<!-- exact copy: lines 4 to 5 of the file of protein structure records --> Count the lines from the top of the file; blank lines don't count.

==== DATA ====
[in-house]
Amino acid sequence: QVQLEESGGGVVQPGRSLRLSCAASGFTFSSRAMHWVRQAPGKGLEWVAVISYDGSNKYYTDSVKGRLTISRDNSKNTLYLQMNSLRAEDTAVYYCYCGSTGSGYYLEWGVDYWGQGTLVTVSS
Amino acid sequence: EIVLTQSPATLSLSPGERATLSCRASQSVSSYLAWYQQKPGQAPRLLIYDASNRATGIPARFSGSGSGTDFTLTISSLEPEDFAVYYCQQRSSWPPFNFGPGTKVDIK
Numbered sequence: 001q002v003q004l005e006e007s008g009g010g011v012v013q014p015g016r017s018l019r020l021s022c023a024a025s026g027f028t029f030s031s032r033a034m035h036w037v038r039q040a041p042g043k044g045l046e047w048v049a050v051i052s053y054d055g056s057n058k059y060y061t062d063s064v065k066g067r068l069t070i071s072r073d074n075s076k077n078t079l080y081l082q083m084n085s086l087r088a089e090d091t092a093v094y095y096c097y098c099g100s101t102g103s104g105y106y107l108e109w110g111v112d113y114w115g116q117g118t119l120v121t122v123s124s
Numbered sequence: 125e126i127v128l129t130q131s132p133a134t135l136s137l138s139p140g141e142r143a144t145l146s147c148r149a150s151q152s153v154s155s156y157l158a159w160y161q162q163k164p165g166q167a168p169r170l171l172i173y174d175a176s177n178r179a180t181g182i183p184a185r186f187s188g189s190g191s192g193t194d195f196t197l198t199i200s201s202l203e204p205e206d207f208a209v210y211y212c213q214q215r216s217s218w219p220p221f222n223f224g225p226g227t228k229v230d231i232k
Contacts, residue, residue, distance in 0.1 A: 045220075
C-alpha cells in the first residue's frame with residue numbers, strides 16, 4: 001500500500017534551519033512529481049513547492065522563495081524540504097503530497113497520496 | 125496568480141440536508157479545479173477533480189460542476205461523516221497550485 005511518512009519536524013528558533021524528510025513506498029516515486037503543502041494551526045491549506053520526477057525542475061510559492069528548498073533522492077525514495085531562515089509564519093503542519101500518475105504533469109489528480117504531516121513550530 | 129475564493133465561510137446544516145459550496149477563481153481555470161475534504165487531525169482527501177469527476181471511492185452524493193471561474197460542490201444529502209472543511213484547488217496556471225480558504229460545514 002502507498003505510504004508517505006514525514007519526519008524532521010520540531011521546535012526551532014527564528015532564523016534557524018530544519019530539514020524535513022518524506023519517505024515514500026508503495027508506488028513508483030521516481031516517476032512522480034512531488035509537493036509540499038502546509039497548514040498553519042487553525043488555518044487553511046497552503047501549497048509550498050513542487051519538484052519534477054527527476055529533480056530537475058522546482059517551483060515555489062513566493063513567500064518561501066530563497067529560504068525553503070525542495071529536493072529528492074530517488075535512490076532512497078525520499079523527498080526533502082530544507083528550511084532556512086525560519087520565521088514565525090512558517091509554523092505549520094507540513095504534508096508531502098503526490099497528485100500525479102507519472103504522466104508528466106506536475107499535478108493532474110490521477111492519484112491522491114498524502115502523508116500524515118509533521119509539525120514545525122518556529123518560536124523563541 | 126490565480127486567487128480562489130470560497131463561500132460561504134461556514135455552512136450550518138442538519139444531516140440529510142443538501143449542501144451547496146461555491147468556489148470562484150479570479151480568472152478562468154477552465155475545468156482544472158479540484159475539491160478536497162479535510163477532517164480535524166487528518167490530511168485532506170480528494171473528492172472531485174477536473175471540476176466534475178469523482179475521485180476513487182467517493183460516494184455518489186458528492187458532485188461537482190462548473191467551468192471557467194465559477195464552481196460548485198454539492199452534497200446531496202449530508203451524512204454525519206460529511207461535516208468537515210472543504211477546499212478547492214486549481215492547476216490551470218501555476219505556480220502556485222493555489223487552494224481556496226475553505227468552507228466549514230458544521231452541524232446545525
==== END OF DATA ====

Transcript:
Numbered sequence: 001q002v003q004l005e006e007s008g009g010g011v012v013q014p015g016r017s018l019r020l021s022c023a024a025s026g027f028t029f030s031s032r033a034m035h036w037v038r039q040a041p042g043k044g045l046e047w048v049a050v051i052s053y054d055g056s057n058k059y060y061t062d063s064v065k066g067r068l069t070i071s072r073d074n075s076k077n078t079l080y081l082q083m084n085s086l087r088a089e090d091t092a093v094y095y096c097y098c099g100s101t102g103s104g105y106y107l108e109w110g111v112d113y114w115g116q117g118t119l120v121t122v123s124s
Numbered sequence: 125e126i127v128l129t130q131s132p133a134t135l136s137l138s139p140g141e142r143a144t145l146s147c148r149a150s151q152s153v154s155s156y157l158a159w160y161q162q163k164p165g166q167a168p169r170l171l172i173y174d175a176s177n178r179a180t181g182i183p184a185r186f187s188g189s190g191s192g193t194d195f196t197l198t199i200s201s202l203e204p205e206d207f208a209v210y211y212c213q214q215r216s217s218w219p220p221f222n223f224g225p226g227t228k229v230d231i232k